Gregor Samsa woke up one morning to find that he had transformed into a giant cockroach type bug, or as the story says a “monstrous vermin.” Maybe in some parallel universe Gregor also turned into Lego. Based off the classic novel by Franz Kafka, the Metamorphosis is a Lego MOC created by Water Snap. This build has a bunch of great details. The sheet has been built using a bunch of slopes and curved bricks, it creates a perfect wrinkled / used look. The bed is a simple frame with a very thin mattress which uses a whole lot of 1×1 flat round plates. A Lego pillow hiding behind the carapace is a great detail. The bug itself is well done. With Lego hoses used for antennae, and Lego wrenches to create the insect feet. This is one Lego creation that you probably don’t want hanging around the house. But if you do find a giant Lego insect in your house, make sure to feed it.
Micah Schmidt is back with a new entry in their The Lord of the Rings Lego Series. They have set upon a long journey of recreating the famous trilogy with Lego MOCs, one chapter at a time. This build is titled “Chapter 1: A Long-Expected Party” and features Gandalf rolling into the Shire with a bunch of fireworks. On a short hillside, Frodo is there to greet him. This is an interesting build, as Lego released an official set based on this exact moment all the way back in 2012. This version is an upgraded and much more detailed build. Some of the stand out details include the horse bridle (created with some Lego grippy ropes, and a rubber band), the wagon (using Lego whips as wooden detailing), the super smooth autumn tree, and Gandalf’s sword Glamdring. Hopefully Gandalf can make it to Bag End in time, there is about to be a birthday party that no one will ever forget.
Brick Ninja has created a Lego MOC based on a quote by George R.R. Martin: “I have lived a thousand lives and I have loved a thousand loves. I’ve walked on distant worlds and seen the end of time. Because I read.” This Lego MOC is the physical representation of reading a book. It can transport the reader to an imaginary location full of new ideas and impossible situations. That is why we like to read. In this creation the greeking of the text has been done well. Representing words, without actually having to find a way to make them in Lego. The castle is well made with a great SNOT design. It is very reminiscent of old castle sets from Lego.
This Lego MOC called “Symmetrio’s Workshop” is the creation of Markus Rollbühler. Built as part of the “Style It Up!” challenge put on by InnovaLUG, where the specific goal was to build with symmetry. Symmetrio’s Workshop is a mysterious place where you will be seeing double everything. Everything is so exact, it almost feels like a spot-the-differences or hidden-items challenge. Not one (to my eye) item is different between the two sides. All of this has been built using the SNOT style. Most notably with the walls and windows, there sure are a lot of tiles. Ultimately, there is an insane amount of fun little details hidden away in this scene. For instance, look at the treasure chests for the desk legs, the patterned floor boards, the buckets of crabs, and even matching mouse traps. The question now being, are there two mice, or just one really clever one?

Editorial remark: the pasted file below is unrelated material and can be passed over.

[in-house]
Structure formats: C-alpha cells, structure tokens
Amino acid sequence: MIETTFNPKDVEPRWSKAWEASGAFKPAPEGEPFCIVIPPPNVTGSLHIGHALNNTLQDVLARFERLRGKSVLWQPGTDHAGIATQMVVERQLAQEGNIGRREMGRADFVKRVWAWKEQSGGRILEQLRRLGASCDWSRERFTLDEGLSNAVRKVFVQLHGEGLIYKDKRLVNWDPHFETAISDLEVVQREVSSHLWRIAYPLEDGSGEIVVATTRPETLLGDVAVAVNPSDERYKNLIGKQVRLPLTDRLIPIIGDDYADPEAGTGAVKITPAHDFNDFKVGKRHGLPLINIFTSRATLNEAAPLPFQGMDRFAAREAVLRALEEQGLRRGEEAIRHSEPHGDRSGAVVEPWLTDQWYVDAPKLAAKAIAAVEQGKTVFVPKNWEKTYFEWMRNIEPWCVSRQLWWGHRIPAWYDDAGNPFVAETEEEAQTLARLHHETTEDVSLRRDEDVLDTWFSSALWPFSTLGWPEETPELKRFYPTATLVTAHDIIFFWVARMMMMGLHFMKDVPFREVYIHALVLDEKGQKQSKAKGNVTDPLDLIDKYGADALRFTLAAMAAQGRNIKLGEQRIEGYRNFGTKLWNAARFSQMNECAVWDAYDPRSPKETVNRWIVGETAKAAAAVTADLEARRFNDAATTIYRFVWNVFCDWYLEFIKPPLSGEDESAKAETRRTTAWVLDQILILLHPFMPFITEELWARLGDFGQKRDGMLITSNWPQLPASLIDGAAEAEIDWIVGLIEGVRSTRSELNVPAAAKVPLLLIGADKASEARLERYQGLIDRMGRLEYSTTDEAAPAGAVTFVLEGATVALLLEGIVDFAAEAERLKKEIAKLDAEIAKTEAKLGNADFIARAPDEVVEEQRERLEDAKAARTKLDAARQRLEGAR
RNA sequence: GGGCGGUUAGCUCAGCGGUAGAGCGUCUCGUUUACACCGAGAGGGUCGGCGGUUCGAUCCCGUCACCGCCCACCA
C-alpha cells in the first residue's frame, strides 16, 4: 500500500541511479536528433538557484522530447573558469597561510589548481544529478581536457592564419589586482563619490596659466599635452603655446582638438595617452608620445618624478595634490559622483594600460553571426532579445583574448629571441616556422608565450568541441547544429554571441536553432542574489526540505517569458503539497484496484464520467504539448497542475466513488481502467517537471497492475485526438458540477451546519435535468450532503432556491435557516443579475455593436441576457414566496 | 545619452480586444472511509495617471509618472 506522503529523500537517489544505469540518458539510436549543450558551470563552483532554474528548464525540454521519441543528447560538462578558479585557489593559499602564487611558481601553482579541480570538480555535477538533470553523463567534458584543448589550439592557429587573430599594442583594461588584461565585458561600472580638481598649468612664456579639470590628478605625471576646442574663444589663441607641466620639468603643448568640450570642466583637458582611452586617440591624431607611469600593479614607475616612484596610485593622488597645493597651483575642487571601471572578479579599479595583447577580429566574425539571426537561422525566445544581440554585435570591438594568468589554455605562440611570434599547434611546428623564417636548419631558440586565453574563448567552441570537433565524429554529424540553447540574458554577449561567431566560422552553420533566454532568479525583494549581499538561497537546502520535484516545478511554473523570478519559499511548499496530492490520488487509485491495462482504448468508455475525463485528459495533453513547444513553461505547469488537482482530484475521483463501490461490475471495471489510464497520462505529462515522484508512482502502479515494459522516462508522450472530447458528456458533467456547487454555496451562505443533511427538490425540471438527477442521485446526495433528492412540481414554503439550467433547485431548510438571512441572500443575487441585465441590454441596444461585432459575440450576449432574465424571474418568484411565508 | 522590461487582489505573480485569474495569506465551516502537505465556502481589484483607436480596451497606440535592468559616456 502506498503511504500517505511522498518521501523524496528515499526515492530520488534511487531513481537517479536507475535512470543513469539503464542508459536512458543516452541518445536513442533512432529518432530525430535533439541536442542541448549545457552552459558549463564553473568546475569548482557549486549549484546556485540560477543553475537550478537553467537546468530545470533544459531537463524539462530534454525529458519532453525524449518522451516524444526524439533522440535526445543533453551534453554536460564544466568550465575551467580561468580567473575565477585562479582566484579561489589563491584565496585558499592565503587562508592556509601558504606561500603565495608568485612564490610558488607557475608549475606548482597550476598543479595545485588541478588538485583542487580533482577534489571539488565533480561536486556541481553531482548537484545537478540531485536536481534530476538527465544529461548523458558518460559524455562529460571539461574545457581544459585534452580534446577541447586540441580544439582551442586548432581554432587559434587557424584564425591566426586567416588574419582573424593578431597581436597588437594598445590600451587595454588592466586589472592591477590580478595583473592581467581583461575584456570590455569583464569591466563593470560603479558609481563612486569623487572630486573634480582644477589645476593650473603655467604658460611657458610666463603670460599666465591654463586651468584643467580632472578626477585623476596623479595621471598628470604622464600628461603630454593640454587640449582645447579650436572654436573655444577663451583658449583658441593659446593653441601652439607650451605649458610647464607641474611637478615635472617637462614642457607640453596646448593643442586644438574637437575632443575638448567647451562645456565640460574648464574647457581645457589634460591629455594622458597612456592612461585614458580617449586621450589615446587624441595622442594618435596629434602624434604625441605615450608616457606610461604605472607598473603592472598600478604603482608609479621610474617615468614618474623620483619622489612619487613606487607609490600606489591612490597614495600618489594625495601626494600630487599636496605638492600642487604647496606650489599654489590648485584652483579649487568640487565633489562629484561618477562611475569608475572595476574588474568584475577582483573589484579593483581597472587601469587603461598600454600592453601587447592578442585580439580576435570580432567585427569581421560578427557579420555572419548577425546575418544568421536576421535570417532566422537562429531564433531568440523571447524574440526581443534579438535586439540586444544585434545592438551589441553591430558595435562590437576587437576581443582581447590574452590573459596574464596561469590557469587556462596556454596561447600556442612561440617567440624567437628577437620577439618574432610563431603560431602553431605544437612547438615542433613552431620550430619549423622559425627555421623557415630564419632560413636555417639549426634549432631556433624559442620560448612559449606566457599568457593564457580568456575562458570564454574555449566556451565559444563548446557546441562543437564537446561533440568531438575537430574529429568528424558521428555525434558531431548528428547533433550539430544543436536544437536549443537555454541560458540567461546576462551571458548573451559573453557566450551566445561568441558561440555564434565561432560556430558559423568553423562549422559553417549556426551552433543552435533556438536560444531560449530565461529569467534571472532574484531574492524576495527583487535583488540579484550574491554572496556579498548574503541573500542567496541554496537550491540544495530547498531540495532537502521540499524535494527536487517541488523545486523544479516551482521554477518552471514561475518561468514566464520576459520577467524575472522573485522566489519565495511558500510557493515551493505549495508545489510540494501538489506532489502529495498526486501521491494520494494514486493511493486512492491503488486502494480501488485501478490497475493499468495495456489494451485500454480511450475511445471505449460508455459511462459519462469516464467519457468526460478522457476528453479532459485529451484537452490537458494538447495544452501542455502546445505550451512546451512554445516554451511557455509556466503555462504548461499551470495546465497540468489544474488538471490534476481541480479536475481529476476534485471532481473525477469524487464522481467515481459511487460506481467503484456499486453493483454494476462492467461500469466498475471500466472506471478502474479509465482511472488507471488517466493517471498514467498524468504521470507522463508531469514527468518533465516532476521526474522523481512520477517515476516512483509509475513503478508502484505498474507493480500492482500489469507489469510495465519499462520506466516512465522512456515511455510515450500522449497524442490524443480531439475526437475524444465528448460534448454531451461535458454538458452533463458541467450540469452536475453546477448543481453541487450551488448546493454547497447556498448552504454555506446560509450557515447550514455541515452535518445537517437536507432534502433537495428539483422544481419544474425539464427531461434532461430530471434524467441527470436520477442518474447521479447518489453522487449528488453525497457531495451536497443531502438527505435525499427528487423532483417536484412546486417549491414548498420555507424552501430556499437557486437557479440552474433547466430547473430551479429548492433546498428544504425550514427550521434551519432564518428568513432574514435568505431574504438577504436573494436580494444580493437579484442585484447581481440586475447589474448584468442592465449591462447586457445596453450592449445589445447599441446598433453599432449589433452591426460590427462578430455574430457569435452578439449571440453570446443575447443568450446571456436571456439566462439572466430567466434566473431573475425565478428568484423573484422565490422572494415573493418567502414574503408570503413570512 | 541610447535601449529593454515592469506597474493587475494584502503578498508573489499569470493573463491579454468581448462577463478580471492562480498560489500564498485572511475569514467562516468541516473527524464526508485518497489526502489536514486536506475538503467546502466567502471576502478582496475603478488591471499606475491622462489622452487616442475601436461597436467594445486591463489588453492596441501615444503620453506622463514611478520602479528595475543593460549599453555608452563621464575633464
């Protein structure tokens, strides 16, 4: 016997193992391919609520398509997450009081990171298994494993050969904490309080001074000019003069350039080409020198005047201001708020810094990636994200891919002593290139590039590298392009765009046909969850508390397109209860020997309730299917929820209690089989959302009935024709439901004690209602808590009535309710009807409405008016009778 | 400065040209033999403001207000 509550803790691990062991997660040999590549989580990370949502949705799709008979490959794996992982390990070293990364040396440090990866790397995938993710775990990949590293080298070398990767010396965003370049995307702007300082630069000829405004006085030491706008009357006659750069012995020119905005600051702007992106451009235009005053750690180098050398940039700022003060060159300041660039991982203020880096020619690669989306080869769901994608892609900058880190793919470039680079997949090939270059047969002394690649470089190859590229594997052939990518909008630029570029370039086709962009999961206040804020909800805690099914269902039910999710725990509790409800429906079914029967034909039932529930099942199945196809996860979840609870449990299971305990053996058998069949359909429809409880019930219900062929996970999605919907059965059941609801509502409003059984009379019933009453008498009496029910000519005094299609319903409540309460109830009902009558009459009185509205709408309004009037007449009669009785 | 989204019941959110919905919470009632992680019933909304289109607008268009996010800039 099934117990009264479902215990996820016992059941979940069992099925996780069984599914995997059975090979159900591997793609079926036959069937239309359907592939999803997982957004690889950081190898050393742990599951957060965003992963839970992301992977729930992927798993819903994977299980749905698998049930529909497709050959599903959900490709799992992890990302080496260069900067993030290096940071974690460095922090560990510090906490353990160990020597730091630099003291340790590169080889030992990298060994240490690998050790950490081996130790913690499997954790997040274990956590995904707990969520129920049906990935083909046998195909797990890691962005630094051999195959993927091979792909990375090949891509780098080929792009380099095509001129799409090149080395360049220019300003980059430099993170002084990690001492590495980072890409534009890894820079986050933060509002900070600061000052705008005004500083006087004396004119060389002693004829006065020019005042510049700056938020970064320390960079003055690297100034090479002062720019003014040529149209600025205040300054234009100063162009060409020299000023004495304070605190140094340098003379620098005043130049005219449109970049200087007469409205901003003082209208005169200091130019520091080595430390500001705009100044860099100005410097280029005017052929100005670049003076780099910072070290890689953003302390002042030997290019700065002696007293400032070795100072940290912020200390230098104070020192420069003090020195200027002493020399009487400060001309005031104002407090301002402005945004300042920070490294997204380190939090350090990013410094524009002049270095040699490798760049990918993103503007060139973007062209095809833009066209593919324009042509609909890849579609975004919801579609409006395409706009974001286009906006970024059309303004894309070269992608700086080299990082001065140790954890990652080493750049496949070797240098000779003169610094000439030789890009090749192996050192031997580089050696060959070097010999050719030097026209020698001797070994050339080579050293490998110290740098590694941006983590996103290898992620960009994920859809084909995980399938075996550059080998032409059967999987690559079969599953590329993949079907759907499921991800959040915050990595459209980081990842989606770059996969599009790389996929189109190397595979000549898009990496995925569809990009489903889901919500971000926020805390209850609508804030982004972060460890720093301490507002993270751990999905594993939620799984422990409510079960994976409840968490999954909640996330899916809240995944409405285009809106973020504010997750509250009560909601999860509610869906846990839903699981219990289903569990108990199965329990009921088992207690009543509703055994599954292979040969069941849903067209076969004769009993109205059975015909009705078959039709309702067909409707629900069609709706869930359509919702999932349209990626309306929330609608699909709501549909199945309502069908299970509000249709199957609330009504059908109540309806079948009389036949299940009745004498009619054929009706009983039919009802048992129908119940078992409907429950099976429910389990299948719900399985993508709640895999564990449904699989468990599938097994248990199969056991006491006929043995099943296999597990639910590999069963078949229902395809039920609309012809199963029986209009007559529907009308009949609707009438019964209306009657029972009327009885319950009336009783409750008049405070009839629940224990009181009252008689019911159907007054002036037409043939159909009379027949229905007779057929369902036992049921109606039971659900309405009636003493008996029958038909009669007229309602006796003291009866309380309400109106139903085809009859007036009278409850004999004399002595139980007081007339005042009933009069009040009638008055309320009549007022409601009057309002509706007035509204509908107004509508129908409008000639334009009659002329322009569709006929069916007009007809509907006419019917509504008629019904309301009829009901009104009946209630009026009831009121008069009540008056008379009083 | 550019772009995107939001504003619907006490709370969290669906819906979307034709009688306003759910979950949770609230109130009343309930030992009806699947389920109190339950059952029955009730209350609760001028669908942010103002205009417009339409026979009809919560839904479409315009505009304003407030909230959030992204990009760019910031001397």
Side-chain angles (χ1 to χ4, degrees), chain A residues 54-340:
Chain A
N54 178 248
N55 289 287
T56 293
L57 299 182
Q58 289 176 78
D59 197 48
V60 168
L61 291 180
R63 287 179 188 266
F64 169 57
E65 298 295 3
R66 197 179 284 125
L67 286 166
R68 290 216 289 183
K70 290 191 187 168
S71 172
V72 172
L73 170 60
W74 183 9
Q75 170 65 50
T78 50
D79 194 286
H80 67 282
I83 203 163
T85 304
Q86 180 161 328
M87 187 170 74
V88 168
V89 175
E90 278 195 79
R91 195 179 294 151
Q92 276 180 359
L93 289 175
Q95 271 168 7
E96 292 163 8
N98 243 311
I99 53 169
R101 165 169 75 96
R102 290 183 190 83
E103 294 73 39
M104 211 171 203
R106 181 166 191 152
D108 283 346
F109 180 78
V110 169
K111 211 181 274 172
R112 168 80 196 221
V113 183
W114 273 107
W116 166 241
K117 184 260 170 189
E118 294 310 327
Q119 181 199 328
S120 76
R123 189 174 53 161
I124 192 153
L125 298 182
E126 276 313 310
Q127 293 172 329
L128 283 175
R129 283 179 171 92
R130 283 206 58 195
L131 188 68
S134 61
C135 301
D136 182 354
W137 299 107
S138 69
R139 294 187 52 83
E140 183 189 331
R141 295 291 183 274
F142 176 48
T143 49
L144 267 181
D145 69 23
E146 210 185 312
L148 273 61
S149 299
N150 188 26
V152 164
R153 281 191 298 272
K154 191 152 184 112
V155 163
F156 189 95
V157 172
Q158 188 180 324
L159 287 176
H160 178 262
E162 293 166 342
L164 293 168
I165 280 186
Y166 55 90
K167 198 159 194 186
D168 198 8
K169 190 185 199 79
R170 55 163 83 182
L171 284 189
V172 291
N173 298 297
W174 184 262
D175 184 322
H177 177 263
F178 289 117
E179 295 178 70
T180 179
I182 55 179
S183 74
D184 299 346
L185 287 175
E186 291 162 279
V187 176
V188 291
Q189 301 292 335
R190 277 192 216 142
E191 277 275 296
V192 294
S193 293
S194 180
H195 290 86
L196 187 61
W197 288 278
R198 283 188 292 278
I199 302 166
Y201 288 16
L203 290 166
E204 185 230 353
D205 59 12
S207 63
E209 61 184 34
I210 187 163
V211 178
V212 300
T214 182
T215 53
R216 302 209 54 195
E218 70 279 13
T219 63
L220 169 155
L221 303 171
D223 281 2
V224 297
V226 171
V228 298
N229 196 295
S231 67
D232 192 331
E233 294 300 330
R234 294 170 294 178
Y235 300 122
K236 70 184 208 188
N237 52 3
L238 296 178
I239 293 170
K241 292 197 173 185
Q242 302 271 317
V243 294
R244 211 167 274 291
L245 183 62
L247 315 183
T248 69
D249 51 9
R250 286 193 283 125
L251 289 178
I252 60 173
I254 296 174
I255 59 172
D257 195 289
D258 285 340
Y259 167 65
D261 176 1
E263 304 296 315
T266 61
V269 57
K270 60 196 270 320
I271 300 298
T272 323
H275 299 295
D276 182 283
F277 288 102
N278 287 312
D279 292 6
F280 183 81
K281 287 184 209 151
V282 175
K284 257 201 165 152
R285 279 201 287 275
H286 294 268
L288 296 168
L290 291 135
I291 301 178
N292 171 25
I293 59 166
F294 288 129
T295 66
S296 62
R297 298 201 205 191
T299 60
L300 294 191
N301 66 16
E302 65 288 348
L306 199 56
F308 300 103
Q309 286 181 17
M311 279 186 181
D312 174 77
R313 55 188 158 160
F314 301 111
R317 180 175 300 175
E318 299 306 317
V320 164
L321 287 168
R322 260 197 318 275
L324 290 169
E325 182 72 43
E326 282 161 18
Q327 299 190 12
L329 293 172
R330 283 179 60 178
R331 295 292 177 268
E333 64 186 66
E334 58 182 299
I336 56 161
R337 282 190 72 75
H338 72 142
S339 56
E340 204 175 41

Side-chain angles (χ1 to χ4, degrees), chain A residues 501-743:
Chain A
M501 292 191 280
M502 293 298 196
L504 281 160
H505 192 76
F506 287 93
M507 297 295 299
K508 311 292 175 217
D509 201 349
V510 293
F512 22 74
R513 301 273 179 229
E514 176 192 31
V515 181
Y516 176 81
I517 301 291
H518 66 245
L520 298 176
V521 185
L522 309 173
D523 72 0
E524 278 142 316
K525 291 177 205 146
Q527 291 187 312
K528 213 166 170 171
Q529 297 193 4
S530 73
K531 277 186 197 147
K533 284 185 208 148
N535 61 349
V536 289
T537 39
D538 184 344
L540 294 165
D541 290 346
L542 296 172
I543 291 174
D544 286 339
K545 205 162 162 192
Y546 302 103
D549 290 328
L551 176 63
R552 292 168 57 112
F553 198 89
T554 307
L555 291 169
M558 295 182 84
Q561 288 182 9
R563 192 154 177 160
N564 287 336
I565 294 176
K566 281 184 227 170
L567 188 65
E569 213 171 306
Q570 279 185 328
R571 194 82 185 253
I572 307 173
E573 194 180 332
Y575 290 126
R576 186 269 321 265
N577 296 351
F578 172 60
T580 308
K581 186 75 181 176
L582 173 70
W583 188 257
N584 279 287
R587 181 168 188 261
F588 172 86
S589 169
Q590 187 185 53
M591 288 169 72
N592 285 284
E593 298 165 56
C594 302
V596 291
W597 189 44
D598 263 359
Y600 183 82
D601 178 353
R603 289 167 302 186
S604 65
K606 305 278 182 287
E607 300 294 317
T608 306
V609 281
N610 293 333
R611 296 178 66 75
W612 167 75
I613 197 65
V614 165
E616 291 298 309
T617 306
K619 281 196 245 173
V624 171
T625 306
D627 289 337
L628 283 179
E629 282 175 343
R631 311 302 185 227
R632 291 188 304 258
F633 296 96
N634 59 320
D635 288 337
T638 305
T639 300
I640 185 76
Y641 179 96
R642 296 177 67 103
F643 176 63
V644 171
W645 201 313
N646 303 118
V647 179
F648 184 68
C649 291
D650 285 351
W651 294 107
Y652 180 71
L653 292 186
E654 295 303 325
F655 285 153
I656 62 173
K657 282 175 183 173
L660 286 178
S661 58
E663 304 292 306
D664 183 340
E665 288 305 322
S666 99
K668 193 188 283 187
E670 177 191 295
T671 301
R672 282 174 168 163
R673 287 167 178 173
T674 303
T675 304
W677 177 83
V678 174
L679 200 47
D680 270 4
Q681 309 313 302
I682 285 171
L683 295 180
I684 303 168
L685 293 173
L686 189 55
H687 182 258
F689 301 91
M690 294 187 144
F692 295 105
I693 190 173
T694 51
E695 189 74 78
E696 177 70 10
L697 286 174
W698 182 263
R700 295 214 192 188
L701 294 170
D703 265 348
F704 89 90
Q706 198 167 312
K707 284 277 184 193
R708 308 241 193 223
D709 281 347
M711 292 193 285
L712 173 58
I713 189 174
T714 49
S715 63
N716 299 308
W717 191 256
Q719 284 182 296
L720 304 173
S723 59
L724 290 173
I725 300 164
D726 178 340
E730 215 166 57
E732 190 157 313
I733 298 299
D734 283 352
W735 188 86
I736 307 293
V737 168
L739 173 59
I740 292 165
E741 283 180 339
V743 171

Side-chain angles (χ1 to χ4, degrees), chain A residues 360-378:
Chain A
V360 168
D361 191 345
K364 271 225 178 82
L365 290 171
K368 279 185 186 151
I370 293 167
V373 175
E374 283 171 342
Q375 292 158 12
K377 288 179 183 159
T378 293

Located in Bree, The Prancing Pony is one of the few friendly places for Hobbits. A lot happens in this small inn, the Hobbits finally meet up with Aragorn, and have a narrow escape from the Ringwraiths. This Prancing Pony inn has been recreated in Lego by Shield-and-Sword Bricks. The scene, from The Lord of the Rings, appears to be the moment that Aragorn (Strider) is helping the Hobbits escape from a trap. The details on this Lego MOC are all top notch. The rough dirt road and ground using studs to contrast with the smooth plaster and wood structure works well. Make sure to check out the Lego whips being used for some wooden detailing, and poles being used for diagonal beams. The slightly uneven 1×2 flat grey plates represents the stonework. It manages to look poorly made, and yet sturdy too.
The Lord of the Rings, by J.R.R. Tolkien opens up with a prologue titled “Concerning Hobbits.” A humorous chapter about what a Hobbit is, their history, and their love of smoking pipe-weed. Micah Schmidt has started an ambitious Lego project of recreating scenes from each chapter from the trilogy. No better place to start than the beginning. This build features Bilbo writing in the Red Book of Westmarch the prologue from The Lord of the Rings. The Lego hobbit hole looks fantastic. The walls are gently curved, a cozy round window, and half of a wooden archway set the scene. The Lego furnishing are great; the messiness and general disarray works well. Check out the sideways built flooring with the square mosaic cutout in the center. A great way to create a detailed rug without adding extra depth. Now if only Bilbo can only find some time to finish planning his birthday party.